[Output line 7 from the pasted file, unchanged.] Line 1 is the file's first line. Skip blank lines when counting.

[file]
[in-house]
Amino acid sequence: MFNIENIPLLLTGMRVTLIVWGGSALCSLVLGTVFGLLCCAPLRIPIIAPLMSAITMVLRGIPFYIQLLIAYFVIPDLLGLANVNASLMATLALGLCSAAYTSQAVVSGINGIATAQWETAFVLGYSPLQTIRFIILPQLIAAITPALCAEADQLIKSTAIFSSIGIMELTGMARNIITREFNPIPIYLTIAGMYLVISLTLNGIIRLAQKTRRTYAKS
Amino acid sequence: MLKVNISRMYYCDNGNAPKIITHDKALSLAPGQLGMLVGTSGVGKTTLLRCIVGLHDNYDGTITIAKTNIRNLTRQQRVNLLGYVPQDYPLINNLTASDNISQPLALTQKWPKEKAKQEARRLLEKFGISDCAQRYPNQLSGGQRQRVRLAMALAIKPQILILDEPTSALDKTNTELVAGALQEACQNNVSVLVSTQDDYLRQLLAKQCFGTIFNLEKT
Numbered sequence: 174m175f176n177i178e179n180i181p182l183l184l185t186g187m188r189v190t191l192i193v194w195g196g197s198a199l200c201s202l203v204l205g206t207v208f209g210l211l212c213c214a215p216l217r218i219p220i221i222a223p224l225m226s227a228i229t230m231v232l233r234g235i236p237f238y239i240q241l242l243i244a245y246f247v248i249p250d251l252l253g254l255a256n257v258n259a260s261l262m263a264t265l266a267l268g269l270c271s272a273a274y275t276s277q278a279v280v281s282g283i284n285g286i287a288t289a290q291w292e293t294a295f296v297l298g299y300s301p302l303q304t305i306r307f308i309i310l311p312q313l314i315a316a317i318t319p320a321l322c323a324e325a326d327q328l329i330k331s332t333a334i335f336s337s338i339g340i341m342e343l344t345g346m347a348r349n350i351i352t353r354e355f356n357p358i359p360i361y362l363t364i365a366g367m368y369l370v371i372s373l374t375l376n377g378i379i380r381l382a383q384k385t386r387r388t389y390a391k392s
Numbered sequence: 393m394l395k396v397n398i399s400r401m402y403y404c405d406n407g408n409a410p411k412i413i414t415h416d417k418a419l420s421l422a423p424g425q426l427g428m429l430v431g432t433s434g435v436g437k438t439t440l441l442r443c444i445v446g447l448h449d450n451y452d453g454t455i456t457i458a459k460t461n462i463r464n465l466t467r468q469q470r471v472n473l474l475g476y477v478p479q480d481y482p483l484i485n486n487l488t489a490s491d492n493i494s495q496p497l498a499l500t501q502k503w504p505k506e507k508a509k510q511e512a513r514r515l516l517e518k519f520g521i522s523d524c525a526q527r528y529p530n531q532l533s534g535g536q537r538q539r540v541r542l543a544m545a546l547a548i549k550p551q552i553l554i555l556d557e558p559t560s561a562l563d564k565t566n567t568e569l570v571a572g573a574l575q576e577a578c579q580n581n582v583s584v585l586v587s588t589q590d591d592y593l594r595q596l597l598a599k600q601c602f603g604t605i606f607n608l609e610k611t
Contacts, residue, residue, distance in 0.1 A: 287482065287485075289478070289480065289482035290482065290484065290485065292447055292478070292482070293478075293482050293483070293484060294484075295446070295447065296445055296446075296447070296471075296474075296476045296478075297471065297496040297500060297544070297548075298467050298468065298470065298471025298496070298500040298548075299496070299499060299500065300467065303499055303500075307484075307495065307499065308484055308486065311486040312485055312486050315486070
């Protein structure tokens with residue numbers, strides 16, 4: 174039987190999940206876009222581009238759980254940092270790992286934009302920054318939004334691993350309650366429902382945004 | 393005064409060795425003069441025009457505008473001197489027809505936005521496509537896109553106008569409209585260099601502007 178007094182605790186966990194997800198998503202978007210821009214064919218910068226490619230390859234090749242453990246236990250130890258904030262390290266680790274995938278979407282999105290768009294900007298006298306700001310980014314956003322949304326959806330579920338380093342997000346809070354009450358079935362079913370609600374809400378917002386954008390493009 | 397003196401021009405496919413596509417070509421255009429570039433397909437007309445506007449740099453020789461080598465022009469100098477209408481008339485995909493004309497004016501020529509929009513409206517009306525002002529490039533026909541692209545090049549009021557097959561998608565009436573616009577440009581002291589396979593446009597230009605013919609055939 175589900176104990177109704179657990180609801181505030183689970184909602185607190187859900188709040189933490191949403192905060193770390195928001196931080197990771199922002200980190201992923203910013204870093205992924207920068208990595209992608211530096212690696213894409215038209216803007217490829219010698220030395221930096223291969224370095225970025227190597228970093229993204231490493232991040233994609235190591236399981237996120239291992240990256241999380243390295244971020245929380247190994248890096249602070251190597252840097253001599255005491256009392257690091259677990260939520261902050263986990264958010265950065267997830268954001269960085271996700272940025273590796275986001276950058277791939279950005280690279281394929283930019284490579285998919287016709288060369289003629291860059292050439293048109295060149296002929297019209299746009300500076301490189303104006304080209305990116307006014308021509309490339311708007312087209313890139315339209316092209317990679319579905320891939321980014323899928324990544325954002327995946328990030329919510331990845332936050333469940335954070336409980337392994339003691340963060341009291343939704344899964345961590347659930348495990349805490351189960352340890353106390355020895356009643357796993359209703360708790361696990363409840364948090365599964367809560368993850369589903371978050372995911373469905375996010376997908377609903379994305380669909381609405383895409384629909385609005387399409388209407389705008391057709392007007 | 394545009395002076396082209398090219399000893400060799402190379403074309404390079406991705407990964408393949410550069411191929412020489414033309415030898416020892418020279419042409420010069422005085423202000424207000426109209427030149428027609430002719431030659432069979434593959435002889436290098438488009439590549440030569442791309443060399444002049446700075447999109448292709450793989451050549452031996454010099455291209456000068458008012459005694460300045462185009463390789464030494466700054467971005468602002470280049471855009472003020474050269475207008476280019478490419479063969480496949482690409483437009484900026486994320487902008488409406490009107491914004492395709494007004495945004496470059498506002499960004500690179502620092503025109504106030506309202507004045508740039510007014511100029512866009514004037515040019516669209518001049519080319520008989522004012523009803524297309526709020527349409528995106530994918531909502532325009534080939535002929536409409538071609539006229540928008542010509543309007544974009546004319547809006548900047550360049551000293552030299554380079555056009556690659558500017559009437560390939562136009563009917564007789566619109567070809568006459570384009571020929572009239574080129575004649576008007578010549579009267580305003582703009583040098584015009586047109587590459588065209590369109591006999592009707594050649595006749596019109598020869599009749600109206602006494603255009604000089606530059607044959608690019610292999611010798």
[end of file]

């Protein structure tokens with residue numbers, strides 16, 4: 174039987190999940206876009222581009238759980254940092270790992286934009302920054318939004334691993350309650366429902382945004 | 393005064409060795425003069441025009457505008473001197489027809505936005521496509537896109553106008569409209585260099601502007 178007094182605790186966990194997800198998503202978007210821009214064919218910068226490619230390859234090749242453990246236990250130890258904030262390290266680790274995938278979407282999105290768009294900007298006298306700001310980014314956003322949304326959806330579920338380093342997000346809070354009450358079935362079913370609600374809400378917002386954008390493009 | 397003196401021009405496919413596509417070509421255009429570039433397909437007309445506007449740099453020789461080598465022009469100098477209408481008339485995909493004309497004016501020529509929009513409206517009306525002002529490039533026909541692209545090049549009021557097959561998608565009436573616009577440009581002291589396979593446009597230009605013919609055939 175589900176104990177109704179657990180609801181505030183689970184909602185607190187859900188709040189933490191949403192905060193770390195928001196931080197990771199922002200980190201992923203910013204870093205992924207920068208990595209992608211530096212690696213894409215038209216803007217490829219010698220030395221930096223291969224370095225970025227190597228970093229993204231490493232991040233994609235190591236399981237996120239291992240990256241999380243390295244971020245929380247190994248890096249602070251190597252840097253001599255005491256009392257690091259677990260939520261902050263986990264958010265950065267997830268954001269960085271996700272940025273590796275986001276950058277791939279950005280690279281394929283930019284490579285998919287016709288060369289003629291860059292050439293048109295060149296002929297019209299746009300500076301490189303104006304080209305990116307006014308021509309490339311708007312087209313890139315339209316092209317990679319579905320891939321980014323899928324990544325954002327995946328990030329919510331990845332936050333469940335954070336409980337392994339003691340963060341009291343939704344899964345961590347659930348495990349805490351189960352340890353106390355020895356009643357796993359209703360708790361696990363409840364948090365599964367809560368993850369589903371978050372995911373469905375996010376997908377609903379994305380669909381609405383895409384629909385609005387399409388209407389705008391057709392007007 | 394545009395002076396082209398090219399000893400060799402190379403074309404390079406991705407990964408393949410550069411191929412020489414033309415030898416020892418020279419042409420010069422005085423202000424207000426109209427030149428027609430002719431030659432069979434593959435002889436290098438488009439590549440030569442791309443060399444002049446700075447999109448292709450793989451050549452031996454010099455291209456000068458008012459005694460300045462185009463390789464030494466700054467971005468602002470280049471855009472003020474050269475207008476280019478490419479063969480496949482690409483437009484900026486994320487902008488409406490009107491914004492395709494007004495945004496470059498506002499960004500690179502620092503025109504106030506309202507004045508740039510007014511100029512866009514004037515040019516669209518001049519080319520008989522004012523009803524297309526709020527349409528995106530994918531909502532325009534080939535002929536409409538071609539006229540928008542010509543309007544974009546004319547809006548900047550360049551000293552030299554380079555056009556690659558500017559009437560390939562136009563009917564007789566619109567070809568006459570384009571020929572009239574080129575004649576008007578010549579009267580305003582703009583040098584015009586047109587590459588065209590369109591006999592009707594050649595006749596019109598020869599009749600109206602006494603255009604000089606530059607044959608690019610292999611010798």